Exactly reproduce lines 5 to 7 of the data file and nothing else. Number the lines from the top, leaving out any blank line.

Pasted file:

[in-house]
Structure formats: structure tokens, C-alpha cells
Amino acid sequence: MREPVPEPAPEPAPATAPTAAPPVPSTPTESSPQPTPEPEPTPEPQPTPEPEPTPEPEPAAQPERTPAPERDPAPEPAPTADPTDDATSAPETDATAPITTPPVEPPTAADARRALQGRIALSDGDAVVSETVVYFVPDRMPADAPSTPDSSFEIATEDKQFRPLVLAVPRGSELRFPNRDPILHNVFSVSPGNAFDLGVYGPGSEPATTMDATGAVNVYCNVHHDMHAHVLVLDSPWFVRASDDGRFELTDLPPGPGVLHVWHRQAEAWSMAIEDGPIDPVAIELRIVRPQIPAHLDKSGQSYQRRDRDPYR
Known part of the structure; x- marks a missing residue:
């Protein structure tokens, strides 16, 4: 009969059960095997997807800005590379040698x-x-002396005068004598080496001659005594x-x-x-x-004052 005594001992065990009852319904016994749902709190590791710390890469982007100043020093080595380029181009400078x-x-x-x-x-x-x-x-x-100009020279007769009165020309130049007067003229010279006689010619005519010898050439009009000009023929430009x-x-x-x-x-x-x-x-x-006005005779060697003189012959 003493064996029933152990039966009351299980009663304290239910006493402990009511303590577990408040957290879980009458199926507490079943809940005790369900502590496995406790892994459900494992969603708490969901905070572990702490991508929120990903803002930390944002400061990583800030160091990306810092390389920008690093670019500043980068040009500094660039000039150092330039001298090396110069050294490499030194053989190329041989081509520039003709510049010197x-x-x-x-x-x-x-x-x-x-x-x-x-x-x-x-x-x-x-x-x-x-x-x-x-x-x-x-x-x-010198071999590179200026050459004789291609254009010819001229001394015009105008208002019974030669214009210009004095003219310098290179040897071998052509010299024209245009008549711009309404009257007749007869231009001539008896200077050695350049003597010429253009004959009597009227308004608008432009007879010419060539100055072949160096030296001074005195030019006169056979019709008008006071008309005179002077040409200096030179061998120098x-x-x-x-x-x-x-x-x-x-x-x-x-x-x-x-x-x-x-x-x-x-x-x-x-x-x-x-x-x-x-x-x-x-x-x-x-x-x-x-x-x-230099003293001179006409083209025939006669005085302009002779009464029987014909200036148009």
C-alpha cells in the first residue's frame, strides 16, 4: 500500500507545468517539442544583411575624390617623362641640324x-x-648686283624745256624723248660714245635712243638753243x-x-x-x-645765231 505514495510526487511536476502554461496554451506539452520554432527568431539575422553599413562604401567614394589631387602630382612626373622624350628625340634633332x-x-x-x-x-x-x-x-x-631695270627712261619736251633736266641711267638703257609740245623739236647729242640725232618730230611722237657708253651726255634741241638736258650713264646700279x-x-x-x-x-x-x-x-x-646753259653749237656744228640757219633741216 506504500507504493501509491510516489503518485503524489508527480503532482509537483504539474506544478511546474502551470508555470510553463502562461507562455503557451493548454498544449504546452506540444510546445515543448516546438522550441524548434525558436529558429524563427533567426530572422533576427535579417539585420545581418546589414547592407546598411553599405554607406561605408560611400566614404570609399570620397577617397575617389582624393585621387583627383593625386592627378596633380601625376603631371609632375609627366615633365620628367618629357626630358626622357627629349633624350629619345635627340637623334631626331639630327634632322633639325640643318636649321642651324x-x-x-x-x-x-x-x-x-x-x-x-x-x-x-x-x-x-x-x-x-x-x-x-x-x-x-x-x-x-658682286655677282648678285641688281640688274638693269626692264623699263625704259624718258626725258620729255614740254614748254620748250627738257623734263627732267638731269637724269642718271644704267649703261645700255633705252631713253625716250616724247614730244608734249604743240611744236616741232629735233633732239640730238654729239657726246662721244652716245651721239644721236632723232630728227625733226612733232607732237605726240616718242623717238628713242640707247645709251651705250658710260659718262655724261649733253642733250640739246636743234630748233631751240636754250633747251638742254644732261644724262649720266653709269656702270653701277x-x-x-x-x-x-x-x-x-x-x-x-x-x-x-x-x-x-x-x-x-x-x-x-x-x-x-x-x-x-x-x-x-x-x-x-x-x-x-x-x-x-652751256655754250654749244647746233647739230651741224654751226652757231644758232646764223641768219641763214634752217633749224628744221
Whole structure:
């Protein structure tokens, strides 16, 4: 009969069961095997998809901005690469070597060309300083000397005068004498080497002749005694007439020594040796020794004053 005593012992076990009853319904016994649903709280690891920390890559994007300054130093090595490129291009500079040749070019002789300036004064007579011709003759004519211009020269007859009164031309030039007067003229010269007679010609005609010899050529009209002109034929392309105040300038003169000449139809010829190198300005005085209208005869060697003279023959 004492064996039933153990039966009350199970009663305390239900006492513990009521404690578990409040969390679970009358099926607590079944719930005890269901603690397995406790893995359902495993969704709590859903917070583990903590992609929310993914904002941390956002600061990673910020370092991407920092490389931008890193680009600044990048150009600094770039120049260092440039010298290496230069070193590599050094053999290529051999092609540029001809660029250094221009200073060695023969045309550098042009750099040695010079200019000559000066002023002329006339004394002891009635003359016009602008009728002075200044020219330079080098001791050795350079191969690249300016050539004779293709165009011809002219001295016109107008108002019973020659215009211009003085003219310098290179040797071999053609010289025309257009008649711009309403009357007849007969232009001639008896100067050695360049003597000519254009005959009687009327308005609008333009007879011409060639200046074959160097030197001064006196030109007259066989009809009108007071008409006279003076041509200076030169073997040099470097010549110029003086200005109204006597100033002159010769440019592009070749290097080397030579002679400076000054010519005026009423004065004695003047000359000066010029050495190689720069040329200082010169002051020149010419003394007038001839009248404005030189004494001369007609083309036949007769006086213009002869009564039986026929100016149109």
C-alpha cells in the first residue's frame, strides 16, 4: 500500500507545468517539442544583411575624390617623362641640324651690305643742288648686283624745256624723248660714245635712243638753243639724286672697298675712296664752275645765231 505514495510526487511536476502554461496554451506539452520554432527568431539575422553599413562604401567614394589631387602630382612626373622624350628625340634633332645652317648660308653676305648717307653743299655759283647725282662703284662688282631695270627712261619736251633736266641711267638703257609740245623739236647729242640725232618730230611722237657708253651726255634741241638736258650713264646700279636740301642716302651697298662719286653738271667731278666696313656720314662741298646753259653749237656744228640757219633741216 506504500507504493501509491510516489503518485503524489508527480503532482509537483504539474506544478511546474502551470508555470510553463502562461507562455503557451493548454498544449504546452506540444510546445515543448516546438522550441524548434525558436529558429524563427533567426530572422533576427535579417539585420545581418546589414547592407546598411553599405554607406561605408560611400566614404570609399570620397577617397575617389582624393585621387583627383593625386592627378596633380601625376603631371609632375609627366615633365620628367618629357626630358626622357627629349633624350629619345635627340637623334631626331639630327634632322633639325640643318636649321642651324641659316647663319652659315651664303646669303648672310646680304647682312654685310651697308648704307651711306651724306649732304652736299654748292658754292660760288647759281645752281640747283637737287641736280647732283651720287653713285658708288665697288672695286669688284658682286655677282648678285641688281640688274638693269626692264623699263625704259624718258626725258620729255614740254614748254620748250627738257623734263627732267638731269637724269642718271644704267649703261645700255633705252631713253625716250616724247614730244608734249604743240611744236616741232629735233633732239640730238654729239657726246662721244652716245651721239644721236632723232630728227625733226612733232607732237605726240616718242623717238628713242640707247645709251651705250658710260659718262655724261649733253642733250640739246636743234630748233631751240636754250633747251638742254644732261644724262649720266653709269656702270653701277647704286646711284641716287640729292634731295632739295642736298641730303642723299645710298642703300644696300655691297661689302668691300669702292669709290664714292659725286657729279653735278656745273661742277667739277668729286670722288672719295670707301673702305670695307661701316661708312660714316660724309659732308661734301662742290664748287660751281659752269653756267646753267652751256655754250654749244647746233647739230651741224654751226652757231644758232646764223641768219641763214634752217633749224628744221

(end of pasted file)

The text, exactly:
């Protein structure tokens, strides 16, 4: 009969059960095997997807800005590379040698x-x-002396005068004598080496001659005594x-x-x-x-004052 005594001992065990009852319904016994749902709190590791710390890469982007100043020093080595380029181009400078x-x-x-x-x-x-x-x-x-100009020279007769009165020309130049007067003229010279006689010619005519010898050439009009000009023929430009x-x-x-x-x-x-x-x-x-006005005779060697003189012959 003493064996029933152990039966009351299980009663304290239910006493402990009511303590577990408040957290879980009458199926507490079943809940005790369900502590496995406790892994459900494992969603708490969901905070572990702490991508929120990903803002930390944002400061990583800030160091990306810092390389920008690093670019500043980068040009500094660039000039150092330039001298090396110069050294490499030194053989190329041989081509520039003709510049010197x-x-x-x-x-x-x-x-x-x-x-x-x-x-x-x-x-x-x-x-x-x-x-x-x-x-x-x-x-x-010198071999590179200026050459004789291609254009010819001229001394015009105008208002019974030669214009210009004095003219310098290179040897071998052509010299024209245009008549711009309404009257007749007869231009001539008896200077050695350049003597010429253009004959009597009227308004608008432009007879010419060539100055072949160096030296001074005195030019006169056979019709008008006071008309005179002077040409200096030179061998120098x-x-x-x-x-x-x-x-x-x-x-x-x-x-x-x-x-x-x-x-x-x-x-x-x-x-x-x-x-x-x-x-x-x-x-x-x-x-x-x-x-x-230099003293001179006409083209025939006669005085302009002779009464029987014909200036148009």
C-alpha cells in the first residue's frame, strides 16, 4: 500500500507545468517539442544583411575624390617623362641640324x-x-648686283624745256624723248660714245635712243638753243x-x-x-x-645765231 505514495510526487511536476502554461496554451506539452520554432527568431539575422553599413562604401567614394589631387602630382612626373622624350628625340634633332x-x-x-x-x-x-x-x-x-631695270627712261619736251633736266641711267638703257609740245623739236647729242640725232618730230611722237657708253651726255634741241638736258650713264646700279x-x-x-x-x-x-x-x-x-646753259653749237656744228640757219633741216 506504500507504493501509491510516489503518485503524489508527480503532482509537483504539474506544478511546474502551470508555470510553463502562461507562455503557451493548454498544449504546452506540444510546445515543448516546438522550441524548434525558436529558429524563427533567426530572422533576427535579417539585420545581418546589414547592407546598411553599405554607406561605408560611400566614404570609399570620397577617397575617389582624393585621387583627383593625386592627378596633380601625376603631371609632375609627366615633365620628367618629357626630358626622357627629349633624350629619345635627340637623334631626331639630327634632322633639325640643318636649321642651324x-x-x-x-x-x-x-x-x-x-x-x-x-x-x-x-x-x-x-x-x-x-x-x-x-x-x-x-x-x-658682286655677282648678285641688281640688274638693269626692264623699263625704259624718258626725258620729255614740254614748254620748250627738257623734263627732267638731269637724269642718271644704267649703261645700255633705252631713253625716250616724247614730244608734249604743240611744236616741232629735233633732239640730238654729239657726246662721244652716245651721239644721236632723232630728227625733226612733232607732237605726240616718242623717238628713242640707247645709251651705250658710260659718262655724261649733253642733250640739246636743234630748233631751240636754250633747251638742254644732261644724262649720266653709269656702270653701277x-x-x-x-x-x-x-x-x-x-x-x-x-x-x-x-x-x-x-x-x-x-x-x-x-x-x-x-x-x-x-x-x-x-x-x-x-x-x-x-x-x-652751256655754250654749244647746233647739230651741224654751226652757231644758232646764223641768219641763214634752217633749224628744221
Whole structure: